‘Comprehensive agreement’ sought at Yemen peace talks

Sunday 24/04/2016
UN Special Envoy to Yemen Ismail Ould Cheikh Ahmed (R) and UN spokesman Charbel Raji

KUWAIT - Much-anticipated Yem­en peace talks opened in Kuwait but were immediately faced with Houthi rebels’ new demands that could torpedo the negotiations meant to end the brutal 13-month conflict.
“The choice today is between two paths; a safe country that guaran­tees the stability and the rights of all or the broken land where chil­dren die on a daily basis,” UN Spe­cial Envoy for Yemen Ismail Ould Cheikh Ahmed said at the start of the talks April 21st.
“The consultations should pro­vide a strong foundation for a new political consensus to help Yemen achieve the stability and security that its people deserve and its fu­ture requires,” he said. “The path to peace may be difficult but I believe that it is clearly within reach if all parties engage in good faith.”
His was a diplomat’s optimism. The delegation of Houthis and the General People’s Congress had boycotted the talks for three days, alleging ceasefire violations by the Saudi-led coalition and fighters loy­al to the internationally recognised Yemeni government.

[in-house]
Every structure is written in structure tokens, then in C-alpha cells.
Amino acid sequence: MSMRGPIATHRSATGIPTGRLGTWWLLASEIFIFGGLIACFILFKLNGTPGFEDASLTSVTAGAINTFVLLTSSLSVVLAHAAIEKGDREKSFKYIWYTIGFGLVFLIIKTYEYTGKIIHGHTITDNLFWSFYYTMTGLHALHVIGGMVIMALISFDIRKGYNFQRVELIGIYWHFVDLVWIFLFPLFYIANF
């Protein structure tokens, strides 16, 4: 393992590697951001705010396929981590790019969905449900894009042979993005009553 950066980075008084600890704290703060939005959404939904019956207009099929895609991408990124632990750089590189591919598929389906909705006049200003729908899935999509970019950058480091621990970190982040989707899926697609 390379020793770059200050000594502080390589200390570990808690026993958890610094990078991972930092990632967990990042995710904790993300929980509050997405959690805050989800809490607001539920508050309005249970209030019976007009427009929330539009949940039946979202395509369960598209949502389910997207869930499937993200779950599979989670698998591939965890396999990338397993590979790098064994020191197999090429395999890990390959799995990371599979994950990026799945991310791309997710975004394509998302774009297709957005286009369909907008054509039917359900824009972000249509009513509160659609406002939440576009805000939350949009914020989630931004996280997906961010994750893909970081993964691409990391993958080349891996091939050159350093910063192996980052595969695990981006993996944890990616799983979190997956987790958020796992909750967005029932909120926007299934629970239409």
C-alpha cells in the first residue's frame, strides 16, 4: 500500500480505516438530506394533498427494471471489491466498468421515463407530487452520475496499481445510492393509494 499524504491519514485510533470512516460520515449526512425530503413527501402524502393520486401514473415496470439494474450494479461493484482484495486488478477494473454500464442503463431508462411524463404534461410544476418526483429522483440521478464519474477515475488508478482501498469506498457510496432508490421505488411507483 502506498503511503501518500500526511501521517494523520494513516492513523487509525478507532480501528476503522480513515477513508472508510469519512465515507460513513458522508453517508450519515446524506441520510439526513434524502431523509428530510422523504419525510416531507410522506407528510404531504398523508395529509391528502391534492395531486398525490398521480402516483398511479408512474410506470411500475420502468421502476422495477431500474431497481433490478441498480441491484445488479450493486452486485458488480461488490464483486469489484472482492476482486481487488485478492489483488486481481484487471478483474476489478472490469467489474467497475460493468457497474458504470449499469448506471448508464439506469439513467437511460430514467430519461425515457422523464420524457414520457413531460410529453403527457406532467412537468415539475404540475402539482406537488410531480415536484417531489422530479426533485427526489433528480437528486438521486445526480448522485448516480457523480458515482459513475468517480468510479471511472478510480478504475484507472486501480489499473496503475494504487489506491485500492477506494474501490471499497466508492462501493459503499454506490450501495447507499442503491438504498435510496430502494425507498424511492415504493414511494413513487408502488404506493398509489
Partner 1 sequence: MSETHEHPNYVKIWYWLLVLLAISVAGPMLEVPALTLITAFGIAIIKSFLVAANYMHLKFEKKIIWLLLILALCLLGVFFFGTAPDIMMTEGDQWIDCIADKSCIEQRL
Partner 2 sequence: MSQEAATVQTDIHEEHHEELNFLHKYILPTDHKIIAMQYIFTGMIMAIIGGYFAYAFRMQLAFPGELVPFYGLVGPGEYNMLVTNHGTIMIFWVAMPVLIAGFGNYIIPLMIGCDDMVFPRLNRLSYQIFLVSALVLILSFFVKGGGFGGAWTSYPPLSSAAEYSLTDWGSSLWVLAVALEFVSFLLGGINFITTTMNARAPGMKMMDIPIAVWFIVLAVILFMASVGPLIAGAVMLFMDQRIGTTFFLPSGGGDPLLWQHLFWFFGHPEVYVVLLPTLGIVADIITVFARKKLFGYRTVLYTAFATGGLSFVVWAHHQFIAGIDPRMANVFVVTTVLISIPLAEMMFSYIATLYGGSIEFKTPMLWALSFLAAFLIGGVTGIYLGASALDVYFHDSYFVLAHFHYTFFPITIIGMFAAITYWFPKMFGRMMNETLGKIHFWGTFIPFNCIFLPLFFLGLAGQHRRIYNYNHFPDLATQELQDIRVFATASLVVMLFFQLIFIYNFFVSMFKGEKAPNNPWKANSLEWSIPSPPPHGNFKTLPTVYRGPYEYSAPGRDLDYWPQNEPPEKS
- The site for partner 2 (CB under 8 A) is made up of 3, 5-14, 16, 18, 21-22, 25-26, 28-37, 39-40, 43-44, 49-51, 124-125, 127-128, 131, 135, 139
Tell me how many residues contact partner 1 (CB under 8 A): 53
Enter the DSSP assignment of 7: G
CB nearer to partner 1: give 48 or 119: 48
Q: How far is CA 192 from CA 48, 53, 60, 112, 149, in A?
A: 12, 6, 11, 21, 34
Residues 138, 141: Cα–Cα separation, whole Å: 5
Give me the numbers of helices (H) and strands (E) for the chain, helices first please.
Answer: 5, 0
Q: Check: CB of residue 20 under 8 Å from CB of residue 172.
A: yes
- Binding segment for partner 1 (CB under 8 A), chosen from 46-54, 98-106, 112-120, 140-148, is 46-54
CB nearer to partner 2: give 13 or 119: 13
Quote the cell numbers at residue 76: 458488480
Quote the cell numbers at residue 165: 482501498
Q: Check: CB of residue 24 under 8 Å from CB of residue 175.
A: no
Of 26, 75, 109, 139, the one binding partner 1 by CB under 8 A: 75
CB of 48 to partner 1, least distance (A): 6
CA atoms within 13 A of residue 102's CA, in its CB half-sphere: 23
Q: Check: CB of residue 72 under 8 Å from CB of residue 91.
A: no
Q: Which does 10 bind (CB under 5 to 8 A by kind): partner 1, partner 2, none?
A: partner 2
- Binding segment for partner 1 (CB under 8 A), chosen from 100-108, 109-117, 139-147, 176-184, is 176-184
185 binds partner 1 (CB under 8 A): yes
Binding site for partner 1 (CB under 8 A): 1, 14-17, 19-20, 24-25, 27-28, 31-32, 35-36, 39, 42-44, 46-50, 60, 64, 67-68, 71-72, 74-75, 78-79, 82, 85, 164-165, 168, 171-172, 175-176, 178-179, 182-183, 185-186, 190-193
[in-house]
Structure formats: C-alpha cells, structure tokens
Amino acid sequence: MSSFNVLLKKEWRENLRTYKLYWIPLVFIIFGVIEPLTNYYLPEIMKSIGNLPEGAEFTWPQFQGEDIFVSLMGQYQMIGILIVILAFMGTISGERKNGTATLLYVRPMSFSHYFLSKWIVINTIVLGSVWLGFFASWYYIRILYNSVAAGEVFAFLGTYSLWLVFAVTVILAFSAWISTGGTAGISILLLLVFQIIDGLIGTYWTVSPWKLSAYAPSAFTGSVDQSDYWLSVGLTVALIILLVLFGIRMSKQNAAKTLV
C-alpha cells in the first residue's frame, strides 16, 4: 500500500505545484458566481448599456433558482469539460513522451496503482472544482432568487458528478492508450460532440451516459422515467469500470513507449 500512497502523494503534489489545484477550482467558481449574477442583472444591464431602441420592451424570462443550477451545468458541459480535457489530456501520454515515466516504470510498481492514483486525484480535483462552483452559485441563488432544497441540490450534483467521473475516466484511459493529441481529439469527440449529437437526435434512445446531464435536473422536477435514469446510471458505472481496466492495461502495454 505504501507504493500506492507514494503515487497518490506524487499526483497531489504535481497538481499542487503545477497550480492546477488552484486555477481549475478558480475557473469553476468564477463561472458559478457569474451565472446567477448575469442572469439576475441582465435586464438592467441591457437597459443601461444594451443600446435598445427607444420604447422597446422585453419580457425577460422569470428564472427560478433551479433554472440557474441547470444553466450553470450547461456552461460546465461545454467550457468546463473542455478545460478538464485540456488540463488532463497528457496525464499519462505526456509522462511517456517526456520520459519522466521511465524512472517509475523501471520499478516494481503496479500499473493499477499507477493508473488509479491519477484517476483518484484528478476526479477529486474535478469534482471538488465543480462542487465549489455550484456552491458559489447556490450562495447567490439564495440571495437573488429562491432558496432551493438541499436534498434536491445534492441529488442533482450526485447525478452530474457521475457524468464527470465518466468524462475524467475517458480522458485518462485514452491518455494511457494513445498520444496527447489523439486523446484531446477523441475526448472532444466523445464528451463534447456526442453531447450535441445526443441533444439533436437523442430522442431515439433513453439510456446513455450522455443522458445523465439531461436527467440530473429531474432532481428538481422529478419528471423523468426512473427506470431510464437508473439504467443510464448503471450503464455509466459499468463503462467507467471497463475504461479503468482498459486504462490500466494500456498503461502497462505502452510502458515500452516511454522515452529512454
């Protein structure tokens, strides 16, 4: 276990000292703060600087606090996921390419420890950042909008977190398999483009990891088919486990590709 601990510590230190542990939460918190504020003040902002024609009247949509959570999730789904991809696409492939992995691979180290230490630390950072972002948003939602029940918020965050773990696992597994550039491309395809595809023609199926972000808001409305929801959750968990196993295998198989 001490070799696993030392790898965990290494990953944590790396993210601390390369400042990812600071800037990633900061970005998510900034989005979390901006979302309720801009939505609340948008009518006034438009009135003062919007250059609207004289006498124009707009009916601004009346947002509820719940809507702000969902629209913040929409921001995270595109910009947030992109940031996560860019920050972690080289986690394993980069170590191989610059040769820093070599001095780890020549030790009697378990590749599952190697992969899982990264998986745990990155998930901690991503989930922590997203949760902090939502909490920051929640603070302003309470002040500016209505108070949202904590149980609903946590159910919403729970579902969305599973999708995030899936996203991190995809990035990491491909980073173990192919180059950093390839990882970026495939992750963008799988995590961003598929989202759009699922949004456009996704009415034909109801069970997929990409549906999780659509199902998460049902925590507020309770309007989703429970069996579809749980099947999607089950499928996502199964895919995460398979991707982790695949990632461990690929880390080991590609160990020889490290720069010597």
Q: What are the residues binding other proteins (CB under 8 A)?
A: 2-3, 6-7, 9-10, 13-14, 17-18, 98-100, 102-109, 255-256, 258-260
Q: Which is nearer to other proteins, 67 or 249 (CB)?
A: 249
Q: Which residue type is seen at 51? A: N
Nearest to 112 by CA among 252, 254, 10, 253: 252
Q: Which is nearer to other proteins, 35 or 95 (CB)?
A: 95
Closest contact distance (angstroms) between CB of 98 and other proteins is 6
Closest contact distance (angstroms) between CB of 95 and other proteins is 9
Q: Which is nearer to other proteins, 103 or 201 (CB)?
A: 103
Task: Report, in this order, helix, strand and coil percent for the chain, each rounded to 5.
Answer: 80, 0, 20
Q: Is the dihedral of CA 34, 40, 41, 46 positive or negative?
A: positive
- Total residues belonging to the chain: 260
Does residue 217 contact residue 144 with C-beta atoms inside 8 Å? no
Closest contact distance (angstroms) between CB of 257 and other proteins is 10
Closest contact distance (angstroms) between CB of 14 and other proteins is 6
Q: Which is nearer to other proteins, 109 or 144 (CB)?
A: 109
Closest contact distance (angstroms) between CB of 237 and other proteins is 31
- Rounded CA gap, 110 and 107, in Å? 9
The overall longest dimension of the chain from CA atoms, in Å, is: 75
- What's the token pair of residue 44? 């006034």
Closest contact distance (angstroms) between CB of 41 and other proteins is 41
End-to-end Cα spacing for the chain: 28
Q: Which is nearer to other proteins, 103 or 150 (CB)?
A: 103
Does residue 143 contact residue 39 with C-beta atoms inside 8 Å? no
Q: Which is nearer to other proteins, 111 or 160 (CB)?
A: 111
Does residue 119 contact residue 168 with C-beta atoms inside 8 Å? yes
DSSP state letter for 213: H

The militia was also said to have demanded an end to the naval blockade and the lifting of sanc­tions on some of its leaders, includ­ing former president Ali Abdullah Saleh.
Yemeni President Abd Rabbo Mansour Hadi sent Ould Cheikh Ahmed a message stating that re­quests to modify the talks’ agenda would not be accepted. The Hadi delegation threatened to withdraw from the process if the rebels did not attend by April 21st, a deadline that was met.
The delay and demands led Yem­eni Foreign Minister Abdelmalik al-Mekhlafi to warn against high expectations for the negotiations.
“The Houthis and Saleh’s party, by refusing to arrive on the agreed time and by putting a series of con­ditions and by saying they reserve the right to boycott sessions if their conditions are not met — all of these have lowered the ceiling of expec­tations,” Mekhlafi said.
Violations of the shaky UN-bro­kered ceasefire were reportedly de­creasing. Saudi defence spokesman Brigadier-General Ahmed Asseri said groups of rebels and loyalists “are mostly operating” and super­vised by Saudi members of the coa­lition. “Our observations tell us that day by day the number of violations keeps decreasing,” he said.
The blueprint for the Kuwait talks is UN Resolution 2216, which calls for the Houthis to withdraw from areas seized since the start of the conflict in 2014 and to surrender heavy weaponry to the internation­ally recognised government. Ould Cheikh Ahmed, however, said the process “will not necessarily follow a particular sequence”.